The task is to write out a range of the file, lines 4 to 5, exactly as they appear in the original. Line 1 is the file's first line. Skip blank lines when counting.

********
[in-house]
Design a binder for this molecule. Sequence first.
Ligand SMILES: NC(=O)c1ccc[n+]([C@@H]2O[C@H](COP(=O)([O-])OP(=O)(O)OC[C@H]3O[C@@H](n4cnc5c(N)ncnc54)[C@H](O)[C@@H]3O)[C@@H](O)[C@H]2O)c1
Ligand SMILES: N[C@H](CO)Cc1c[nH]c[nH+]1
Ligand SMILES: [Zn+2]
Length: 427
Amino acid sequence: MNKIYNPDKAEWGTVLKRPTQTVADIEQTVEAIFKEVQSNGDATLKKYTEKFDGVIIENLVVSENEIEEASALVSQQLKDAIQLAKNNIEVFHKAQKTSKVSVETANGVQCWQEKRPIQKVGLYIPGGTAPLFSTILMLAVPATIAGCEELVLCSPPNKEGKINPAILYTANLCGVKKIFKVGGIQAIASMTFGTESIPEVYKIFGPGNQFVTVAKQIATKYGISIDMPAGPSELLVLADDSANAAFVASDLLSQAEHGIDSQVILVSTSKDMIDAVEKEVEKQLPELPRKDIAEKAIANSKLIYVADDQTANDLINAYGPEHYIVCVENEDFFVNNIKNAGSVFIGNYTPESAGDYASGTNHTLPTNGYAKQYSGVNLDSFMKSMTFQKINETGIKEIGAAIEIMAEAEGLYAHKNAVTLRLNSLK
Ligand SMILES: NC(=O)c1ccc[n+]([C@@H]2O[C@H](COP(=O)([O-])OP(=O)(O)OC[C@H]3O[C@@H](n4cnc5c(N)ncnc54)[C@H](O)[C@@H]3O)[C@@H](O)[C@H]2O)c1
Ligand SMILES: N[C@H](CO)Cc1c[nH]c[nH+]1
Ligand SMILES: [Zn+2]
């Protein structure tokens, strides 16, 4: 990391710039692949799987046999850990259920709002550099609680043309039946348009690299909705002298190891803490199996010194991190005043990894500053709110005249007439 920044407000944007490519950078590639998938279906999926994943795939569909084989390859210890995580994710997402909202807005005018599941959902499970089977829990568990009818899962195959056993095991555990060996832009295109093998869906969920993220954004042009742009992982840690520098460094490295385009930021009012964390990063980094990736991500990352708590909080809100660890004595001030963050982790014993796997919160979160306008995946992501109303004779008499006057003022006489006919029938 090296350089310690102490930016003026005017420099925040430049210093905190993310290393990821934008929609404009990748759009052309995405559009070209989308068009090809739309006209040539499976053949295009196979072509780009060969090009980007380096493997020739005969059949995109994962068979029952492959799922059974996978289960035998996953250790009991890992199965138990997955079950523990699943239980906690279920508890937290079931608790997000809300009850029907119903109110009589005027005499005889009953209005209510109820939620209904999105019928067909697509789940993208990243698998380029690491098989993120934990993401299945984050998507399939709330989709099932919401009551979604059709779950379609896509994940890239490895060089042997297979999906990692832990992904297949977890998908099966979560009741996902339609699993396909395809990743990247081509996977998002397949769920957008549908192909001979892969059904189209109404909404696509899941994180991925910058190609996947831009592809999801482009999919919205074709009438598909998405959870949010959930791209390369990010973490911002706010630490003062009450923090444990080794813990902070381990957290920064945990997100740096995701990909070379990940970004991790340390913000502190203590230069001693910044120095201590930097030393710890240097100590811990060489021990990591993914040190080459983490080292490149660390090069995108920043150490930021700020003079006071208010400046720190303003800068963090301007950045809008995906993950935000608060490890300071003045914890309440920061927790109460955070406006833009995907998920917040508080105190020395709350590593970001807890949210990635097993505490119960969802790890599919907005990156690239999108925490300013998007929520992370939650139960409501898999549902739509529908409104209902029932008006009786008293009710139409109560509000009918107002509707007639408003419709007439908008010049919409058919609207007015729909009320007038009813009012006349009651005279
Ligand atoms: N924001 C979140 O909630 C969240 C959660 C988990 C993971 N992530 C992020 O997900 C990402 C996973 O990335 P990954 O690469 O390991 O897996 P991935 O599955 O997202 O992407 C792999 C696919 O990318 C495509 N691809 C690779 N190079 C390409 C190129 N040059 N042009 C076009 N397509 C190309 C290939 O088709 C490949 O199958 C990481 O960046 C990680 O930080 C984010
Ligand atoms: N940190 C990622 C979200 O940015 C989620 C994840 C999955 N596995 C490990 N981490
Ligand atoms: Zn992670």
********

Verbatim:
Ligand SMILES: N[C@H](CO)Cc1c[nH]c[nH+]1
Ligand SMILES: [Zn+2]